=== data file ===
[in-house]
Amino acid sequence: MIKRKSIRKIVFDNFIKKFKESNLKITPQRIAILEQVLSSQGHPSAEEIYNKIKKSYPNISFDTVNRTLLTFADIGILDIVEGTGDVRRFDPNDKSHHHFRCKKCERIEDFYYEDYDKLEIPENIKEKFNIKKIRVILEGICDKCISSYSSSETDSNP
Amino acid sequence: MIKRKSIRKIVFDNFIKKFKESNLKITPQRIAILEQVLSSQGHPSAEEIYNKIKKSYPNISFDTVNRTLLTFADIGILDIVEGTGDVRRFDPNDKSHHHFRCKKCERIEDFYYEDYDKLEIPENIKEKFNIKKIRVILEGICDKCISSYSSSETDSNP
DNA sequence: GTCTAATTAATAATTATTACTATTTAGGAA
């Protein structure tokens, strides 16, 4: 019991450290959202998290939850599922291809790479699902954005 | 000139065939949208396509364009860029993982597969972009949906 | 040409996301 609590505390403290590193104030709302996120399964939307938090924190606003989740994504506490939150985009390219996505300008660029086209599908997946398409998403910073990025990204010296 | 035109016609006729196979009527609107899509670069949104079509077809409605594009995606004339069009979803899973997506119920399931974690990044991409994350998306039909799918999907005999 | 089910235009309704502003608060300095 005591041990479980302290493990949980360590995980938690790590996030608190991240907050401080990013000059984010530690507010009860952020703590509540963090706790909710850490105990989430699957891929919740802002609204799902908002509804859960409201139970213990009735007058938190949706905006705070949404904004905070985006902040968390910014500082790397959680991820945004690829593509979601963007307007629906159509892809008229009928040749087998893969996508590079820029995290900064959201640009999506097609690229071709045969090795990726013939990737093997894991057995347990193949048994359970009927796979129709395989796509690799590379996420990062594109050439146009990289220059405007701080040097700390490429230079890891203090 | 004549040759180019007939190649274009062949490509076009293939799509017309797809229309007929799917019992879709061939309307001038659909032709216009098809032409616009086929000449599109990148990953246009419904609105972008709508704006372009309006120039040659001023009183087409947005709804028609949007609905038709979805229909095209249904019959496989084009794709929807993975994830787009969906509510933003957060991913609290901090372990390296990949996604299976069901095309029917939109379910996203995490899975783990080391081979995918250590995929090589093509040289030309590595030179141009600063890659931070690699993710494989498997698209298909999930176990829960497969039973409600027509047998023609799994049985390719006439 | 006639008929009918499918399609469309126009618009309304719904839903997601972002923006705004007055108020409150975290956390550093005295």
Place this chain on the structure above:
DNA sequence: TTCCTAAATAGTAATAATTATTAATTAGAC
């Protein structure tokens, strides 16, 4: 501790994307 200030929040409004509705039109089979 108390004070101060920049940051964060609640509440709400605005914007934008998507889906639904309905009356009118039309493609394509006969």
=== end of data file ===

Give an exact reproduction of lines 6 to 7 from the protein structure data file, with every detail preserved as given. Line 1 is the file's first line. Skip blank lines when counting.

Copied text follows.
Place this chain on the structure above:
DNA sequence: TTCCTAAATAGTAATAATTATTAATTAGAC